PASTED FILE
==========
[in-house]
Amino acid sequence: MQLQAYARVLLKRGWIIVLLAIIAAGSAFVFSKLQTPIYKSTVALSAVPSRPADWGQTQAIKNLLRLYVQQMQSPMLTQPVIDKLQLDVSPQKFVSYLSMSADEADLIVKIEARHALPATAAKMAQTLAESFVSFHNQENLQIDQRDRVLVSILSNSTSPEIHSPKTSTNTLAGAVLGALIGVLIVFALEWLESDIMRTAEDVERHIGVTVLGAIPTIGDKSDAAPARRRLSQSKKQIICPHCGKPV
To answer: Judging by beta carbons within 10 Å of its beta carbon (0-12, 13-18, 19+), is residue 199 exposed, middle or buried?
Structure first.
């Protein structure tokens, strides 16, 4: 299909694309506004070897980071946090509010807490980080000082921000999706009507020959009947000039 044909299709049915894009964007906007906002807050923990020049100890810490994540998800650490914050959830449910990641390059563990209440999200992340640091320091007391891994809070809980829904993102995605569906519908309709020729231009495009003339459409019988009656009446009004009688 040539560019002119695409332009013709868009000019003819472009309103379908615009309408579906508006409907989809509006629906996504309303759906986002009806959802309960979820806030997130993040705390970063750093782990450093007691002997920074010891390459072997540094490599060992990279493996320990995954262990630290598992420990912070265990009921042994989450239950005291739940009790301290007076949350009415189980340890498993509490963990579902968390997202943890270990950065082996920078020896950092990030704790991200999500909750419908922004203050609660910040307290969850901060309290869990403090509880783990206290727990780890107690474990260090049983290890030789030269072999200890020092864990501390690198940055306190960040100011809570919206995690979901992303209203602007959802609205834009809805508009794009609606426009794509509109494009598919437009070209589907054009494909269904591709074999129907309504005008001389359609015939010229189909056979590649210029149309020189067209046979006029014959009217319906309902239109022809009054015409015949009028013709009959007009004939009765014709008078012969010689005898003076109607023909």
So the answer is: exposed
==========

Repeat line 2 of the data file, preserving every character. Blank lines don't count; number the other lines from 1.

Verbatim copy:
Amino acid sequence: MQLQAYARVLLKRGWIIVLLAIIAAGSAFVFSKLQTPIYKSTVALSAVPSRPADWGQTQAIKNLLRLYVQQMQSPMLTQPVIDKLQLDVSPQKFVSYLSMSADEADLIVKIEARHALPATAAKMAQTLAESFVSFHNQENLQIDQRDRVLVSILSNSTSPEIHSPKTSTNTLAGAVLGALIGVLIVFALEWLESDIMRTAEDVERHIGVTVLGAIPTIGDKSDAAPARRRLSQSKKQIICPHCGKPV